return HttpResponse("The index")

def show(request, fruit):
    return HttpResponse("Show the %s page" % fruit)

def add(request):
    return HttpResponse("Add a fruit")

Now the new tests run successfully.

Destroying test database 'default'...
kuf@yersinia $ ./manage.py test
Creating test database 'default'...
Creating table auth_permission
Creating table auth_group_permissions
Creating table auth_group
Creating table auth_user_user_permissions
Creating table auth_user_groups
Creating table auth_user
Creating table auth_message
Creating table django_content_type
Creating table django_session
Creating table django_site
Creating table fruits_fruit
Installing index for auth.Permission model
Installing index for auth.Group_permissions model
Installing index for auth.User_user_permissions model
Installing index for auth.User_groups model
Installing index for auth.Message model
No fixtures found.
nosetests --verbosity 1
Ran 6 tests in 0.013s

Destroying test database 'default'...

I hope you got a basic understanding how to test your Django app with nose. In the second part we will dive into the testing of our project with lettuce.

JavaScript interaction between an embedded SVG image and its hosting HTML file

I needed to modify a HTML document depending on the cursor position in an embedded SVG file. Why would somebody need that? An example could be that you have a SVG based map in a HTML file and the name of the country on which the cursor is located should be highlighted in the HTML document. Actually this is pretty simple to do:

The hosting HTML file looks like this:

<html xmlns="http://www.w3.org/1999/xhtml">
    <title>SVG + HTML </title>
      var htmlDocument = document;
  <body id="body">

    Name of the color:
    <span id="colorNameField">Move the cursor over the colored squares.</span>

      <object data='image.svg' height='500' type='image/svg+xml' width='500'></object>


(test/download file)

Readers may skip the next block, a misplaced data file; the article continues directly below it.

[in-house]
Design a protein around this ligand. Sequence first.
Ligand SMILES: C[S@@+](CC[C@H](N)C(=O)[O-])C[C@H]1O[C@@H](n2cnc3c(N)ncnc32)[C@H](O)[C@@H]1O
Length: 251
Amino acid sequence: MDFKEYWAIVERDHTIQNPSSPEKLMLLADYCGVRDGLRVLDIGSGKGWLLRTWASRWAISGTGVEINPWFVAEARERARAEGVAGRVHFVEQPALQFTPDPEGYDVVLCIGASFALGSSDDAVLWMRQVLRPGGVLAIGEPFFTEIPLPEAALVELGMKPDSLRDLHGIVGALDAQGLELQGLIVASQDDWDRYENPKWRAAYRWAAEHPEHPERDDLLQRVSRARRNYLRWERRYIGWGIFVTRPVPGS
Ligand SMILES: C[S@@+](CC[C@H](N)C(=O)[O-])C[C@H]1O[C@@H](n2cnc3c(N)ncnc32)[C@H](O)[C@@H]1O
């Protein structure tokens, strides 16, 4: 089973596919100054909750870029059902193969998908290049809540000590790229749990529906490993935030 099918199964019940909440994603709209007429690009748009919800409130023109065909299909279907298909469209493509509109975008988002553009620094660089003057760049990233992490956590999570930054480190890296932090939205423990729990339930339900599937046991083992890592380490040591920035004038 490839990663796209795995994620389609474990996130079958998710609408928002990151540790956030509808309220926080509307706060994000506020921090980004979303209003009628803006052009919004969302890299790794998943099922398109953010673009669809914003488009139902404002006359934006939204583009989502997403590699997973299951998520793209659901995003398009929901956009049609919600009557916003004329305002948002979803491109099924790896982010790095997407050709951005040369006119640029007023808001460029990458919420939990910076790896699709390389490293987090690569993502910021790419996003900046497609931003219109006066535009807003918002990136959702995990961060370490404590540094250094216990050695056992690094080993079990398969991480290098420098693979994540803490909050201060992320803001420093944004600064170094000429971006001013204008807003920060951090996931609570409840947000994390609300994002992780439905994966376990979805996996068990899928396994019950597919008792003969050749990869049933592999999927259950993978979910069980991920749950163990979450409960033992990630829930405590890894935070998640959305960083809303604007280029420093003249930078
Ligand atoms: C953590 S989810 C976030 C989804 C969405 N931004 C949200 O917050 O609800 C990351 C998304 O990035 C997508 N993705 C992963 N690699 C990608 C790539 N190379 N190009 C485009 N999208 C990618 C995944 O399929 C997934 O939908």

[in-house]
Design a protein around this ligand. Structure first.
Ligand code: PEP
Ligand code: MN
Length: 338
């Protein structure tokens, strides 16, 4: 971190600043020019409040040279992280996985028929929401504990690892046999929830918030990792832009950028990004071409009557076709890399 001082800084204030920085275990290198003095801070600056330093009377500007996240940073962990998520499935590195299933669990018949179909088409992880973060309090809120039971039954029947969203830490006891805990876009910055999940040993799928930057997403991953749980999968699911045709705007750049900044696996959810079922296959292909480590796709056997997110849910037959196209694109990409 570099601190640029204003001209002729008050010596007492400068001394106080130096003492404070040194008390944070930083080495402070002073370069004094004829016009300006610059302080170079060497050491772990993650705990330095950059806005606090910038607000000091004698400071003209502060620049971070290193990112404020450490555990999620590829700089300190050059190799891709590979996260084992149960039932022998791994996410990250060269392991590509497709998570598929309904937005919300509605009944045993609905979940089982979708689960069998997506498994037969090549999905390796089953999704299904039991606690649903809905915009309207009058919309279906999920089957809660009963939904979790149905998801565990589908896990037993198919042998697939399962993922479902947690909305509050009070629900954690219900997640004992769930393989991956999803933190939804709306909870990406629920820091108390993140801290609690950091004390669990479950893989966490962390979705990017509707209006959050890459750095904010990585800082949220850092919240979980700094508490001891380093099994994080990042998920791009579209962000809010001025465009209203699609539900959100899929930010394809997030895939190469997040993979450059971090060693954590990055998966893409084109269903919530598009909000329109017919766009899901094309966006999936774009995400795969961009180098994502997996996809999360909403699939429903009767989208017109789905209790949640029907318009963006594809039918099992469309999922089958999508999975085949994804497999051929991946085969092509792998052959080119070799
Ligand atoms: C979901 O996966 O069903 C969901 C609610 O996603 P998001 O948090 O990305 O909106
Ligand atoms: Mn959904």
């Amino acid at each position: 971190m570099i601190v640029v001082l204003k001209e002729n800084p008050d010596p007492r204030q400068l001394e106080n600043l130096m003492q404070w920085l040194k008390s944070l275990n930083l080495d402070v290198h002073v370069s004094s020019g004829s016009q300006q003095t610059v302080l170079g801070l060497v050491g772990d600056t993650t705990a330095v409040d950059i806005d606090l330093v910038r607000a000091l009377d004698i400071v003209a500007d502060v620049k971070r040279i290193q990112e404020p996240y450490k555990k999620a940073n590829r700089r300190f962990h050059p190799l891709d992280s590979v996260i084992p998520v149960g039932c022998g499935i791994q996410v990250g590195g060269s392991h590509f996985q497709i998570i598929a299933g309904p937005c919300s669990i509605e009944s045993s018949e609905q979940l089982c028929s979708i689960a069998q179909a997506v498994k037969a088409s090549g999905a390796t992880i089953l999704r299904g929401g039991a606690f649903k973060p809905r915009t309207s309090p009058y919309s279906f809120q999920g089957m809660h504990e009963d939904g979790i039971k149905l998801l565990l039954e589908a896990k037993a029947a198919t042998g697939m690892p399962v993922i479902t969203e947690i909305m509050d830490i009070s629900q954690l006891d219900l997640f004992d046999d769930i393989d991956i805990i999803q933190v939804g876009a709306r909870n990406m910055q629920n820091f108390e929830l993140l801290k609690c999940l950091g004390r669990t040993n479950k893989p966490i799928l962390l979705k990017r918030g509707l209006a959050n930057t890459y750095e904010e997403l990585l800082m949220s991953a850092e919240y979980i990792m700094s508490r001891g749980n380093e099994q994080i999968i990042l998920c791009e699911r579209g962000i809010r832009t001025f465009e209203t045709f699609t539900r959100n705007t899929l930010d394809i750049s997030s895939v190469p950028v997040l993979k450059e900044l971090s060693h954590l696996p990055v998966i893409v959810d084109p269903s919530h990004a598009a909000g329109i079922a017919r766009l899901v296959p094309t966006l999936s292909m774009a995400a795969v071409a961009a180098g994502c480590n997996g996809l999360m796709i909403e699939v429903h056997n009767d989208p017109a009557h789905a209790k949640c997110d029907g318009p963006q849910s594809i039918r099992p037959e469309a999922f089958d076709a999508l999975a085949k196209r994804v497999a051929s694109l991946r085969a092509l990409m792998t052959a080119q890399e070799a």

The SVG file with the creative name “image.svg” has the following content:

<?xml version="1.0" encoding="UTF-8"?>
<!DOCTYPE svg PUBLIC "-//W3C//DTD SVG 1.0//EN" "http://www.w3.org/TR/2001/REC-SVG-20010904/DTD/svg10.dtd">
<svg xmlns:xlink="http://www.w3.org/1999/xlink" xmlns="http://www.w3.org/2000/svg" height="70" width="190">

<rect height="50" width="50" x="10" y="10" fill="red" stroke="black" id="red"

<rect height="50" width="50" x="70" y="10" fill="green" stroke="black" id="green"

<rect height="50" width="50" x="130" y="10" fill="blue" stroke="black" id="blue"

<script type='application/ecmascript'>
    function writeColorName(evt){
      var colorName = evt.target.id;
       var textToReplace = top.htmlDocument.getElementById("colorNameField");
       textToReplace.innerHTML = colorName;


(download file)

In this example the color of the square is show above the image if you put the cursor on a square.


The magic happens in the following way. In the <script> part of the HTML file the variable htmlDocument is defined and gets the document content assigned as value. In the script part of the SVG file we can access this variable via top.htmlDocument. Now we have the full HTML document representation at hand and can modify it as we like.

Dump Emacs org-mode agendas and todo lists to the command line

Emacsorg-mode is just a mind blowing tool for organizing everything – there is a full Google Tech Talk only about this extension. Among other things I use it for my scheduling and todo lists. Sometimes (e.g. when I start my computer in the morning) I just want a quick glance at my today’s appointments and top todo items without opening Emacs and starting the agenda view. Due to this I created a simple setup that dumps this information into the command line.

To do so you first must have a org-mode formated file. If you need basic information about how to use the org-modes read its excellent documentation. Here is a sample file that I named “projectes.org”. It has the following made-up content:

* Project Boing
** TODO [#A] Make a the plan
** TODO [#A] Write the specs
** TODO [#A] Write the code
   DEADLINE: <2010-08-27 Fri>
* Project Blub
** Meet the others
   SCHEDULED: <2010-08-25 Wed>